Section 2. The Businesses of Sakichi Toyoda

Item 1. Setbacks at Toyoda Loom Company

Establishment of Toyoda Loom Company

In January 1906, the Shimasaki-cho Plant was completed, and Toyoda Shokai Office transferred from Buhei-cho to Shimasaki-cho. Several new models were released in succession, including the 1906 Toyoda Power Loom, the improved successor to the 1905 Type, and the compact loom, which simplified the warp halting device and other functions, and was affordable. The compact loom was popular as it was not only efficient, but also cost around half the price of conventional looms, and ended up outselling the 1906 power Loom.

All of the looms invented by Sakichi Toyoda, including the 1905 Toyoda Power Loom, were types of power looms known as narrow-width power looms.1 Widths of the looms ranged from 45.5 centimeters for the compact loom to 49.2 centimeters in the 1905 and 1906 power looms. Textiles manufactured using narrow-width power looms were sold in Japan, the Korean Peninsula, and China.

The textile testing plant at Shimasaki-cho operated 120 narrow-width power looms. With the Buhei-cho Plant already running 80 looms and the Nishishincho-Plant operating 100, the total number of looms in operation grew to 300. As a result, profits in the company's weaving department grew strongly and business was brisk.

The success of Toyoda Shokai's popular narrow-width power looms caught the eye of Kamenosuke Fujino, head of the Osaka branch of Mitsui & Co., Ltd. To improve the production capability of the company's looms, Fujino proposed in May 1906 that Toyoda Shokai become a joint-stock company.

At the time, the Japanese cotton spinning industry was undergoing a period of mergers between small and medium firms due to excess production capacity. The number of spinning companies had halved from 79 in 1900 to 36 in 1908. Furthermore, production hours were being cut under the control of the Japan Spinners' Association. Meanwhile, production and export of high added value cotton cloth was promoted as a means of reducing the excess supply of cotton yarn. To achieve this, the spread of power looms which would efficiently produce textiles was necessary.2

Looking at the number of looms in Japan in 1906, there were 716,171 hand looms and 20,657 narrow-width power looms in use, as well as 9,601 broad-width looms operated by the weaving departments of cotton spinning companies. Correspondingly, there were 463,165 businesses in operation, with the majority of the market comprised of small businesses which operated hand looms.3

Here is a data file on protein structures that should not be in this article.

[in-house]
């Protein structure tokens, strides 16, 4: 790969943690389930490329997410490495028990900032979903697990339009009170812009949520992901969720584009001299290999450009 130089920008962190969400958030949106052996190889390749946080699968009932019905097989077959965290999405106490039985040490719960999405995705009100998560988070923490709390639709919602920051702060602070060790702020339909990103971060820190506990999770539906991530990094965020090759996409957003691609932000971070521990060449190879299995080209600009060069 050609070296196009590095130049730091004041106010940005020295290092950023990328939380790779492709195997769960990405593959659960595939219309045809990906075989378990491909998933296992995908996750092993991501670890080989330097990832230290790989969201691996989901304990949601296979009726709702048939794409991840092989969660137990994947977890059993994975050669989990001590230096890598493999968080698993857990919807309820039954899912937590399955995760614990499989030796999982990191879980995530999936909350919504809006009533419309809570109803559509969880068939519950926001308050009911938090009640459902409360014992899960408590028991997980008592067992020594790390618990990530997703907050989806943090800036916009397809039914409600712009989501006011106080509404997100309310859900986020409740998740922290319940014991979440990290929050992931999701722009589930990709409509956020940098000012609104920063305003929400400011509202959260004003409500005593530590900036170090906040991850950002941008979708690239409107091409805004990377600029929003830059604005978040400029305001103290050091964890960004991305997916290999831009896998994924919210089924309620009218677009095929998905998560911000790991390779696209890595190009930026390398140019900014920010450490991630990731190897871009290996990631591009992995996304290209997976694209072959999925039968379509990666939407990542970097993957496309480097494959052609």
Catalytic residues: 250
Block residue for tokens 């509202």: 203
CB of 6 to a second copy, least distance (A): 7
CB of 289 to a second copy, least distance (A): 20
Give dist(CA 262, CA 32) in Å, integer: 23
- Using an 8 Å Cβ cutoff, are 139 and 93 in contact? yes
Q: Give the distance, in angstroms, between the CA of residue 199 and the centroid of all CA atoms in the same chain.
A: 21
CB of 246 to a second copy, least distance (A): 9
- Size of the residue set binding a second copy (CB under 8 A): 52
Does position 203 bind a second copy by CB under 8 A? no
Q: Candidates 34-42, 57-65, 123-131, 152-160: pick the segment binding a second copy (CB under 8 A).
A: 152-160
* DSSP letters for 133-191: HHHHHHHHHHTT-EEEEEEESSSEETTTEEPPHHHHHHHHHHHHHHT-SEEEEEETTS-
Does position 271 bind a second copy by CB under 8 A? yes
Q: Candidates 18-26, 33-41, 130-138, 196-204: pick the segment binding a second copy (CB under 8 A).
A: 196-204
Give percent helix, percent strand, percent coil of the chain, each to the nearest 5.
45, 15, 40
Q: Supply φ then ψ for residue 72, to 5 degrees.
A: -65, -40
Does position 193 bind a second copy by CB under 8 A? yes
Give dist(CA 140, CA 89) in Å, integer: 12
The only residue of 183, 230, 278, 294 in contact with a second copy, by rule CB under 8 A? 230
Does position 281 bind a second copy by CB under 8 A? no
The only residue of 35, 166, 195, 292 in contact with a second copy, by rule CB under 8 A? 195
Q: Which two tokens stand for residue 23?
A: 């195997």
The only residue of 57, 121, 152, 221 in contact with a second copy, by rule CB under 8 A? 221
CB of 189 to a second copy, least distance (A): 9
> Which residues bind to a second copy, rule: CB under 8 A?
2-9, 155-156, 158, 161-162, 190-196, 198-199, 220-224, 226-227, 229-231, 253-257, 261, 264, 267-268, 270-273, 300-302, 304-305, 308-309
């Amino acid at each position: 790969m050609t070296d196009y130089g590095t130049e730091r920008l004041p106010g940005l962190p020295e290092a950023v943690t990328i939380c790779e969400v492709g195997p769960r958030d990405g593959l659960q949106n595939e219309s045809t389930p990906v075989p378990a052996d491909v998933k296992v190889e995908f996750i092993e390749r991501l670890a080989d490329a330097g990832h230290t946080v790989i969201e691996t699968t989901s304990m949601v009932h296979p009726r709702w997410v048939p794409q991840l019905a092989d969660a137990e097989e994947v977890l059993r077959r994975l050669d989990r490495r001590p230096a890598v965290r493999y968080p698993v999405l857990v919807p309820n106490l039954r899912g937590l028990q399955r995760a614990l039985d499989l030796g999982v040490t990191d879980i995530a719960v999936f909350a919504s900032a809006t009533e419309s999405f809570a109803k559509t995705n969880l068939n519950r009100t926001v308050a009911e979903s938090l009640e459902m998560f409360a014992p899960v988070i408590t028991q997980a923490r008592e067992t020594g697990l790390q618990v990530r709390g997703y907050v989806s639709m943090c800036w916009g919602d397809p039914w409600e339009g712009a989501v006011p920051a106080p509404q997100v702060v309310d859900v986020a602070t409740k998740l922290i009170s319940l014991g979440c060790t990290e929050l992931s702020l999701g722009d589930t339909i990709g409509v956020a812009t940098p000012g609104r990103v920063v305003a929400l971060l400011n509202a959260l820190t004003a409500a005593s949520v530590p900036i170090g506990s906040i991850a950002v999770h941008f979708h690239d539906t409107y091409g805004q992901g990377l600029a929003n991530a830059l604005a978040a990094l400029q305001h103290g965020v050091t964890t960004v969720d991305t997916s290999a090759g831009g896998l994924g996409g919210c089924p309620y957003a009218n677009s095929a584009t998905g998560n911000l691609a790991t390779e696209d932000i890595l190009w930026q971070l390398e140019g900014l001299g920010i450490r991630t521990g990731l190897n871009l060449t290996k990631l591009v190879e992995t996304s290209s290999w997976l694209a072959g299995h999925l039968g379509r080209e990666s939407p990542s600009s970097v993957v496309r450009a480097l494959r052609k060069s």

It was for this reason that as a manufacturer of power looms Toyoda Shokai was singled out. However, as a sole proprietorship there was a limit to the amount of funding Toyoda Shokai Office could obtain, and in order to increase its loom supply capability, it needed to become a publicly traded company and expand its business.

Although Sakichi wavered, the proposal came from the head of the Osaka branch of Mitsui, which had helped this business so far, and felt he could not refuse. He decided to put up the Shimasaki-cho Plant as an investment in kind and restructure the company as a joint-stock corporation. The usage royalty for the patents held by Sakichi was calculated at one third of profits after dividend payment (10 percent). Sakichi closed all of Toyoda Shokai's operations other than the Shimasaki-cho Plant, paid his brothers and the employees that had supported him, and entrusted his fate to the new venture.

As a result of these events, Toyoda Loom Company was established in Shimasaki-cho, Nagoya City in February 1907, with one million yen in capital. The president was Fusazo Taniguchi, while Sakichi was appointed as managing director and chief engineer.

Founders included Fusazo Taniguchi (Osaka Godo Boseki), Ichitaro Tanaka, Seishichi Shikata (both from Nippon Menka), Takeo Yamanobe (Osaka Boseki), Seibee Fujimoto (Kishiwada Boseki), Sosuke Okaya (Nagoya Boseki), Denshichi Ito, Tsunezo Saito (both from Mie Boseki). Given the circumstances surrounding the company's establishment, it was natural that many players in the spinning and textiles industries were involved.

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